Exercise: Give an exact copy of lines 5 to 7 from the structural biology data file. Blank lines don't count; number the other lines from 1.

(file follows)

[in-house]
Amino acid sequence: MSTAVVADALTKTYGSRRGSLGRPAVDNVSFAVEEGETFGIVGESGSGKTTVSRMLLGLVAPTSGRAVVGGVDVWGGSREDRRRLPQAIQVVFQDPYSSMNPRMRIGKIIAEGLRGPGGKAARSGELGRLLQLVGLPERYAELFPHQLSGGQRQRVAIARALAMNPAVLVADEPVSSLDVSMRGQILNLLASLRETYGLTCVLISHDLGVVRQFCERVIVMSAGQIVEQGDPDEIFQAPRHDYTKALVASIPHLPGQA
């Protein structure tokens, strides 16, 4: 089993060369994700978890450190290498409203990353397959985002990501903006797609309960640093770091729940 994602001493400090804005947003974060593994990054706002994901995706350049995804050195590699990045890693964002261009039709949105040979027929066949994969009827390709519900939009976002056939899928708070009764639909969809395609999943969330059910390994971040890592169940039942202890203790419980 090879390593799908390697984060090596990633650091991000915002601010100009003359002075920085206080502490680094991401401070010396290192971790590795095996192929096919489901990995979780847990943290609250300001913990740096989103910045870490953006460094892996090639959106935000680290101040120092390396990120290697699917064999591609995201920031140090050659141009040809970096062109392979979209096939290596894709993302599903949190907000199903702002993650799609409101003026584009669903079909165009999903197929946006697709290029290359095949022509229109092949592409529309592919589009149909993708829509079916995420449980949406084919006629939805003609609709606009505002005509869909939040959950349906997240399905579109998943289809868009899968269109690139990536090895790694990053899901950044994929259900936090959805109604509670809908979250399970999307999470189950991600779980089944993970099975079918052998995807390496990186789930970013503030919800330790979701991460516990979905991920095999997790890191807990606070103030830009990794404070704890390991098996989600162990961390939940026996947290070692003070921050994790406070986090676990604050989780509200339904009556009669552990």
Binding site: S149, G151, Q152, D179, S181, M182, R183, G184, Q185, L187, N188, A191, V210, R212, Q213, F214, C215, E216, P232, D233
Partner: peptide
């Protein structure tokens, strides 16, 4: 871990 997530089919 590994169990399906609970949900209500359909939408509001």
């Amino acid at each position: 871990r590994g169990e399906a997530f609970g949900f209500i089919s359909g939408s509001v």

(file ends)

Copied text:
Partner: peptide
């Protein structure tokens, strides 16, 4: 871990 997530089919 590994169990399906609970949900209500359909939408509001």
């Amino acid at each position: 871990r590994g169990e399906a997530f609970g949900f209500i089919s359909g939408s509001v």